The solvent resistance and abrasion resistance values are functions of not only the unsaturation equivalent weight, but also the physical properties of the starting materials and the extent to which the free hydroxyl groups are reacted. The solubility of the starting cellulose ester increases and the hardness decreases as the ester groups increase in molecular weight from acetate to propionate to butyrate. This is also reflected in the isocyanatoethyl methacrylate substituted products, where the haze values are better (smaller values) for the cellulose acetate based product than the cellulose acetate butyrate based products. In comparing the solvent resistance of the cellulose acetate based products with the cellulose acetate butyrate based products, the cellulose acetate based product (Example 6) has a numerically higher equivalent weight than the cellulose acetate butyrate of Example 2, but has much better solvent resistance. Although Comparative Example 7 showed fair solvent and abrasion resistance, the uncured coating mixture may cause toxicological problems due to the presence of unreacted --NCO (isocyanato) groups as shown in Table 1. (See Casarett and Doull's, Toxicology, Macmillian Publishing Co., Inc., NY 1980, p. 533 and Brust, J. M. ed., Developments in Polyurethane-1, Applied Science Publishers Ltd., London, 1978, pp. 253-267).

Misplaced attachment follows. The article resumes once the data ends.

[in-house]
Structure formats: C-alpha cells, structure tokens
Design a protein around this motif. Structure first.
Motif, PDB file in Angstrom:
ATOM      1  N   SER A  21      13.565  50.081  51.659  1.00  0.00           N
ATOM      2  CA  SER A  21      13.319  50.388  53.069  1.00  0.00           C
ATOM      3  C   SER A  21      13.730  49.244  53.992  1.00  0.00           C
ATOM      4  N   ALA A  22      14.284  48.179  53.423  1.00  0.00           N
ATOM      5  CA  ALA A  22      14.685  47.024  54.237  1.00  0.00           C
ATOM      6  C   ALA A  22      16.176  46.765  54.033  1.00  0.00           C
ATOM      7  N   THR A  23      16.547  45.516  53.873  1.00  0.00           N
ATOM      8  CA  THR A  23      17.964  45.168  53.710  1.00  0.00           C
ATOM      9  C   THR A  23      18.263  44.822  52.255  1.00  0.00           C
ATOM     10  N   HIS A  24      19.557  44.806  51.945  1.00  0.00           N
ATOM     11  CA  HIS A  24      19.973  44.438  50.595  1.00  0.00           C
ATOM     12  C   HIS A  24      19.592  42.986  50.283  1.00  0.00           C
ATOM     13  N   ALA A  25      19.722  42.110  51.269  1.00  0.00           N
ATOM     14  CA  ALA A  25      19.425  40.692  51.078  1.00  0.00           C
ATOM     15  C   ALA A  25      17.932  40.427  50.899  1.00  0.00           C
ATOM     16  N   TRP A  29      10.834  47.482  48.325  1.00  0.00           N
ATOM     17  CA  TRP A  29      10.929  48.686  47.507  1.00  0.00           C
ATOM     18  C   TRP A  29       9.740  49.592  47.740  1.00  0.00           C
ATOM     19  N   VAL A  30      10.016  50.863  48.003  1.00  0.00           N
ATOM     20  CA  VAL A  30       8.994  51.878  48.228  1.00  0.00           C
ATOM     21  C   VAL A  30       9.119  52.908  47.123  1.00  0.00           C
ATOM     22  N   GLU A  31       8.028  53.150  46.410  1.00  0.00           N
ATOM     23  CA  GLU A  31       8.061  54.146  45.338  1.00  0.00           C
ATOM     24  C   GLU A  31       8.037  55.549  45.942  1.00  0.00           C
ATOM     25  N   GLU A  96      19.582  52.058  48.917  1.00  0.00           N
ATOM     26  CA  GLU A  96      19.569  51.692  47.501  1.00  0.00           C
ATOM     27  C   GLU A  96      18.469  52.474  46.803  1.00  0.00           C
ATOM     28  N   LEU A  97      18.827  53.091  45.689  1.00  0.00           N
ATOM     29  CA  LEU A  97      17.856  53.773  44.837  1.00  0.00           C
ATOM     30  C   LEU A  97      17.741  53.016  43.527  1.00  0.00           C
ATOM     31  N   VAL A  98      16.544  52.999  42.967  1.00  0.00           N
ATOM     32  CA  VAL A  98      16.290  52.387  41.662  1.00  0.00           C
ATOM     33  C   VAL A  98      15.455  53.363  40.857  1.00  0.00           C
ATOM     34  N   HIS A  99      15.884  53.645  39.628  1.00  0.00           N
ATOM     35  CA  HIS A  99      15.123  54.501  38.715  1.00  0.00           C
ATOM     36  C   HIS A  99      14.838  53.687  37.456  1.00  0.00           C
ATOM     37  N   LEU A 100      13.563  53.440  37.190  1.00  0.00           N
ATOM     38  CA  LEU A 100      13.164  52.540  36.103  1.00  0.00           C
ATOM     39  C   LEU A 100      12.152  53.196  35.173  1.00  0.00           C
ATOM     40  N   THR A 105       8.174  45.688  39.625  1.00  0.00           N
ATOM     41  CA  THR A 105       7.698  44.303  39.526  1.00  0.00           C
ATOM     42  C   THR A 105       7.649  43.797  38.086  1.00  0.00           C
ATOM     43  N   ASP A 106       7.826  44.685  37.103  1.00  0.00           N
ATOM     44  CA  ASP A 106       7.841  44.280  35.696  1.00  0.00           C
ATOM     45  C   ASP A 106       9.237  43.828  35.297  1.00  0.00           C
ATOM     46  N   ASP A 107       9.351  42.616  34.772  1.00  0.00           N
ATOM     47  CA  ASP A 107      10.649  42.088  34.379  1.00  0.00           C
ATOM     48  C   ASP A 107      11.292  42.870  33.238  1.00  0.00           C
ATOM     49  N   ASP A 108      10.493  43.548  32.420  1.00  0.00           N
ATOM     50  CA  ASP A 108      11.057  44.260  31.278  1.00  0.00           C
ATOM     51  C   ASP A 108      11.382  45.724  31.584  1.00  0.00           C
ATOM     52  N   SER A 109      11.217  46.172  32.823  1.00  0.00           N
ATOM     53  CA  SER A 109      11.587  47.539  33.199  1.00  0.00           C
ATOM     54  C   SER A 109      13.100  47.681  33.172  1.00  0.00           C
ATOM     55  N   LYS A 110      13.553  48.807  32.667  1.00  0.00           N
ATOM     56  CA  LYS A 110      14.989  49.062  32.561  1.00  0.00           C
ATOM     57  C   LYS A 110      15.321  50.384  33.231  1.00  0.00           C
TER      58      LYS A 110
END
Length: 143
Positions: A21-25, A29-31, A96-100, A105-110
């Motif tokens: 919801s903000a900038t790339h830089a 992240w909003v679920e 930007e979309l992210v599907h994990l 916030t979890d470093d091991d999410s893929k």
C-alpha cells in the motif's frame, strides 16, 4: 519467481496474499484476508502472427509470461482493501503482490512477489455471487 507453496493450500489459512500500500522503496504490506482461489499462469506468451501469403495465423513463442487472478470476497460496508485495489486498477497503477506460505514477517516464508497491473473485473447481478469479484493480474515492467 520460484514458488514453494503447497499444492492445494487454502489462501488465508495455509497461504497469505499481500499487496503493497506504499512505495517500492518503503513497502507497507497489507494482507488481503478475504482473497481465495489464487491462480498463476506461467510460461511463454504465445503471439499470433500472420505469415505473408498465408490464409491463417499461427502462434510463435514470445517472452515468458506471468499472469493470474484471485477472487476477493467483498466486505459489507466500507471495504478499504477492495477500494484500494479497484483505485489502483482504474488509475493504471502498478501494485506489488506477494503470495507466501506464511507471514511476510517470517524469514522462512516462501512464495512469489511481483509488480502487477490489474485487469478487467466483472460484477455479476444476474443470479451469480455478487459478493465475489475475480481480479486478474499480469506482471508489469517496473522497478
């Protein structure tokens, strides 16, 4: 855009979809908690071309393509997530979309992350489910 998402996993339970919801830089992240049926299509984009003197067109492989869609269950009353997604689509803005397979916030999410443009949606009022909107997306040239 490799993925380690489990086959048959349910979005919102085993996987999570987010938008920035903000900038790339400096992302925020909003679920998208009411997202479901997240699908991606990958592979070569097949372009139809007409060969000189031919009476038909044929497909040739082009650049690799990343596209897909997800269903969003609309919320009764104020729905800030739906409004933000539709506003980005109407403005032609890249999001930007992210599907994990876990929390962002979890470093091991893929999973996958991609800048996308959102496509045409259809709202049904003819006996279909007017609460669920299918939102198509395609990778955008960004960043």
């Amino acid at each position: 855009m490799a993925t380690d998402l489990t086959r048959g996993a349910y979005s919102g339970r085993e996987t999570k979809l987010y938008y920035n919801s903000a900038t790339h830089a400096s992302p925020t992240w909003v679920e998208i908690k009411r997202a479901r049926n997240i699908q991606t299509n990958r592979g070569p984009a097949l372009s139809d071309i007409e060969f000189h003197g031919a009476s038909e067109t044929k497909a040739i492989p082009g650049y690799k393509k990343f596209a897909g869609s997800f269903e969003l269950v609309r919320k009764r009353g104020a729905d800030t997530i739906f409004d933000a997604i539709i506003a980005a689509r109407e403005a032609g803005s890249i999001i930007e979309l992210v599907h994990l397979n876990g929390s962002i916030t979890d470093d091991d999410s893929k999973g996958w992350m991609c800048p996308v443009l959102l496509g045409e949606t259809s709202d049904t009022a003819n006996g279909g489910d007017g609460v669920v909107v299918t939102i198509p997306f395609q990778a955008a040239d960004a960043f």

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|U.S. Classification||527/301, 522/89, 536/30, 536/32|
|International Classification||C09D5/00, C08L1/08, C08B3/14, C08G18/64, C08L1/00, C09D101/08, C08G18/81, C08B15/06|
|Cooperative Classification||C08B15/06, C08G18/6484, C08G18/8175, C08G18/8108, C08B3/14|
|European Classification||C08G18/81K3B4, C08G18/64T, C08B15/06, C08B3/14, C08G18/81B|
|Nov 21, 1984||AS||Assignment|
Owner name: MINNESOTA MINING AND MANUFACTURING COMPANY SAINT P
Free format text: ASSIGNMENT OF ASSIGNORS INTEREST.;ASSIGNOR:GRANT, RICHARD J.;REEL/FRAME:004338/0078
Effective date: 19841120
Owner name: MINNESOTA MINING AND MANUFACTURING COMPANY,MINNESO
Free format text: ASSIGNMENT OF ASSIGNORS INTEREST;ASSIGNOR:GRANT, RICHARD J.;REEL/FRAME:004338/0078
Effective date: 19841120
|Jul 1, 1986||CC||Certificate of correction|
|Apr 3, 1989||FPAY||Fee payment|
Year of fee payment: 4
|Jun 23, 1993||FPAY||Fee payment|
Year of fee payment: 8
|Aug 26, 1997||REMI||Maintenance fee reminder mailed|
|Jan 18, 1998||LAPS||Lapse for failure to pay maintenance fees|
|Mar 31, 1998||FP||Expired due to failure to pay maintenance fee|
Effective date: 19980121